The world’s longest war is over.

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Columbia reaches a peace deal
By Jerry Brownstein
A final peace agreement in 2018 between the Colombian government and the leftwing Farc guerrillas heralds the end of the world’s longest-running war, and provides a new model for reconciling bitter enemies. This conflict dates all the way back to 1948, and during that time both sides have committed countless violent crimes against innocent people. To make this deal work each side had to overcome seemingly insurmountable differences over how to create a transitional justice process to deal with these crimes.

They eventually reached a judicial framework that drew heavily on the experience of the peace models used in previous conflicts. These included the former Yugoslavia, the end of Apartheid in South Africa, and the British and Irish Good Friday Agreement. Taking the best from each of these, the Colombians forged a groundbreaking hybrid that is “probably something that has never been achieved in any peace negotiations,” according to President Juan Manuel Santos. A special tribunal will be established to investigate, prosecute and adjudicate all crimes against humanity that were committed by both sides during the conflict.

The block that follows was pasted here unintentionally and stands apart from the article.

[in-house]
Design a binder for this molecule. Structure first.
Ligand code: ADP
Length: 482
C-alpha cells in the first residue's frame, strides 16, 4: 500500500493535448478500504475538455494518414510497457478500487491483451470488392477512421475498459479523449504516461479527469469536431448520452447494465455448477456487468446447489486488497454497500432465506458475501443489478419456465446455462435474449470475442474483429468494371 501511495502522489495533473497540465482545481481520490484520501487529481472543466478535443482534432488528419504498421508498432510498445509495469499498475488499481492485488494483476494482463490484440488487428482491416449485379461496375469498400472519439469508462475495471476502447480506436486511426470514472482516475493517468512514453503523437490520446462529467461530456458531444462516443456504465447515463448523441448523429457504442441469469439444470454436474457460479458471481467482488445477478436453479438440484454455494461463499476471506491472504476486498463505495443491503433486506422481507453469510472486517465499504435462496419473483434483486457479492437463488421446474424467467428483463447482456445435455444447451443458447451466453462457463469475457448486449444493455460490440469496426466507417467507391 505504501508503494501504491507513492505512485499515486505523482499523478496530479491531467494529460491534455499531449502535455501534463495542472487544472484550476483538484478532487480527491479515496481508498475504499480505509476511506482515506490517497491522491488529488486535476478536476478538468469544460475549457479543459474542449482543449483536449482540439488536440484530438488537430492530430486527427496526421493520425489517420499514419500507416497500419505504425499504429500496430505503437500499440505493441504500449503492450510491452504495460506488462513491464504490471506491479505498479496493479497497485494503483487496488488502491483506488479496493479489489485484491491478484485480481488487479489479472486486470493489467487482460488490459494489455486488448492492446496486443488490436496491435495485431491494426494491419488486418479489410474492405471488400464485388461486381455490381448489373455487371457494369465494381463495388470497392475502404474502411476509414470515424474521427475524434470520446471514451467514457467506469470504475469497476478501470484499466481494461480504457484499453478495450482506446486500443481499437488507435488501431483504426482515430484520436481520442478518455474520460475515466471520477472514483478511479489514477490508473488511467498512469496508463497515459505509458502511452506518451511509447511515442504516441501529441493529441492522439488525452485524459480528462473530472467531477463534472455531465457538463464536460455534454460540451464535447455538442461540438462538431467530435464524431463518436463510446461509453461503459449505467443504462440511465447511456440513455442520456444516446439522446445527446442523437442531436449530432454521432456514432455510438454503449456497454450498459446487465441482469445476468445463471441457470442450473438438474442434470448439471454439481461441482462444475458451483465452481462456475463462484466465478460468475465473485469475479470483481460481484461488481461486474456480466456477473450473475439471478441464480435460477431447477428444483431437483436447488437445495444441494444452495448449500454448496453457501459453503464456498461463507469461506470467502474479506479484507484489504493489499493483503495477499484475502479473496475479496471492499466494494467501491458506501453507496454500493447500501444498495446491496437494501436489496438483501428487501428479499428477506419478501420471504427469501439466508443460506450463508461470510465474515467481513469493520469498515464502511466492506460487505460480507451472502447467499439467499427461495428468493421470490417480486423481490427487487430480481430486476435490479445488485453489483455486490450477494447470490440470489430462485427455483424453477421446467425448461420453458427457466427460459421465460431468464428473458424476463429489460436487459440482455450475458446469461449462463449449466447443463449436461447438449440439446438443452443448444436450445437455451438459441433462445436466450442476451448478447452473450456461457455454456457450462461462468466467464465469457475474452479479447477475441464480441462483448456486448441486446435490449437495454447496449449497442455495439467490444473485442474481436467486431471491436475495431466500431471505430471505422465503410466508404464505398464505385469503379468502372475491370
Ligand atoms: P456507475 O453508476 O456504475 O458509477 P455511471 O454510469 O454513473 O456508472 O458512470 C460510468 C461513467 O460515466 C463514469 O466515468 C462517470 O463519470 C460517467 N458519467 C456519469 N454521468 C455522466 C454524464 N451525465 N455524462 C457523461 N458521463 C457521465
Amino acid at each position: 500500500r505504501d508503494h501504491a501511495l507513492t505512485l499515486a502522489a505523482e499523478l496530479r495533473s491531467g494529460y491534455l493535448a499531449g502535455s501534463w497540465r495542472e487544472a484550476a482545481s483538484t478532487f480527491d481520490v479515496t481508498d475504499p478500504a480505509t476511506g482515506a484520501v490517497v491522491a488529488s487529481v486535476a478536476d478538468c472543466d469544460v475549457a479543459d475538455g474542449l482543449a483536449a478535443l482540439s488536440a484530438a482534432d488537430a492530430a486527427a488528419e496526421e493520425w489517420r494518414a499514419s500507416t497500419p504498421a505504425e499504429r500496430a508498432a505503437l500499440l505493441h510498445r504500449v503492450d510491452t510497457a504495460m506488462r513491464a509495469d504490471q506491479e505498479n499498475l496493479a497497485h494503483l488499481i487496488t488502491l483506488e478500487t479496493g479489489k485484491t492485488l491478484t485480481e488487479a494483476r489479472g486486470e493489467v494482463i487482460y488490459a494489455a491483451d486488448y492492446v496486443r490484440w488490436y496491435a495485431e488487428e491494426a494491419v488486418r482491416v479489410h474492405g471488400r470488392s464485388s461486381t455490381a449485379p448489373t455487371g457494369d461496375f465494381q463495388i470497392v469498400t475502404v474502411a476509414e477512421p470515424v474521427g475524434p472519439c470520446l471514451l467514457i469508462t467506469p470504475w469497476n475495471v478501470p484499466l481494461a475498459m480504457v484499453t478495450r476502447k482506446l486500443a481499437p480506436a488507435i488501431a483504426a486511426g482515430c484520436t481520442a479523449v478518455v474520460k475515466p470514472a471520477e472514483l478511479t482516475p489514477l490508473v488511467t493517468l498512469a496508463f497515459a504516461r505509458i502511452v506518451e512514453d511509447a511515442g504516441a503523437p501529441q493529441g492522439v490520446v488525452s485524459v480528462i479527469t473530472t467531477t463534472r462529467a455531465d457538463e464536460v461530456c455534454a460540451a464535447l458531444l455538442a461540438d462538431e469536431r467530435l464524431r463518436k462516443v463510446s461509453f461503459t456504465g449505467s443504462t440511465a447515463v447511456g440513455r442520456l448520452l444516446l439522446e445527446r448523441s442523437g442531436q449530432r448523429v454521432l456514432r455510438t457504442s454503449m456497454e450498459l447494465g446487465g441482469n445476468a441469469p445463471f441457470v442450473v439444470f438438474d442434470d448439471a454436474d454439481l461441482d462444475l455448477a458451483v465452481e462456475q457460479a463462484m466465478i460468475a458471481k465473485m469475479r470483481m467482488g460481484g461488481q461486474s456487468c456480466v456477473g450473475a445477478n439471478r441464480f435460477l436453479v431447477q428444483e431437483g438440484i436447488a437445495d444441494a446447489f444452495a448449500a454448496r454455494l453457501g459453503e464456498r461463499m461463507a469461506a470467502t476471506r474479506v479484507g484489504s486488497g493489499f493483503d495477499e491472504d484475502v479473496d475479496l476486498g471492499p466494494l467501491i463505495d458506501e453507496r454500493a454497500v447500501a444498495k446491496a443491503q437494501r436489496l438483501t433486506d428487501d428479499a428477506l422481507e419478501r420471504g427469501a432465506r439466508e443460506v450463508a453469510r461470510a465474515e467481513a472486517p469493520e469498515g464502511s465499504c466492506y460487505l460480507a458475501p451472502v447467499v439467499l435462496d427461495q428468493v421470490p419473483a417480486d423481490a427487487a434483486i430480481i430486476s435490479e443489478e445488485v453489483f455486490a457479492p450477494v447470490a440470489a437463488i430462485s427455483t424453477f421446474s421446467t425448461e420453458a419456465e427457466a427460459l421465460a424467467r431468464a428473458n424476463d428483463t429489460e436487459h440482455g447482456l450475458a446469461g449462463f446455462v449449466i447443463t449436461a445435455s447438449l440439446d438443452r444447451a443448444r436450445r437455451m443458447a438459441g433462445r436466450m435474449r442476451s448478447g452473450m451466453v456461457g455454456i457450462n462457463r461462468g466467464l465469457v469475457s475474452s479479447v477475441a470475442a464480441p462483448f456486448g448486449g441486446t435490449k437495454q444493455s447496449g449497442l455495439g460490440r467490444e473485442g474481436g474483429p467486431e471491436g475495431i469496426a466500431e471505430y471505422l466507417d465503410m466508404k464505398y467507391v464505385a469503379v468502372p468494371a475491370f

There will be two types of procedures in these ‘Peace Courts’. Those who come forward immediately to confess their war crimes will face a procedure similar to that of South Africa’s Truth and Reconciliation Commission. They will openly repent for their crimes and do community service, but will not have to go to prison. Others who do not come forward quickly will face more stringent trials, and risk going behind bars. These war crime procedures will apply to both the rebel fighters and also those who fought for the state.


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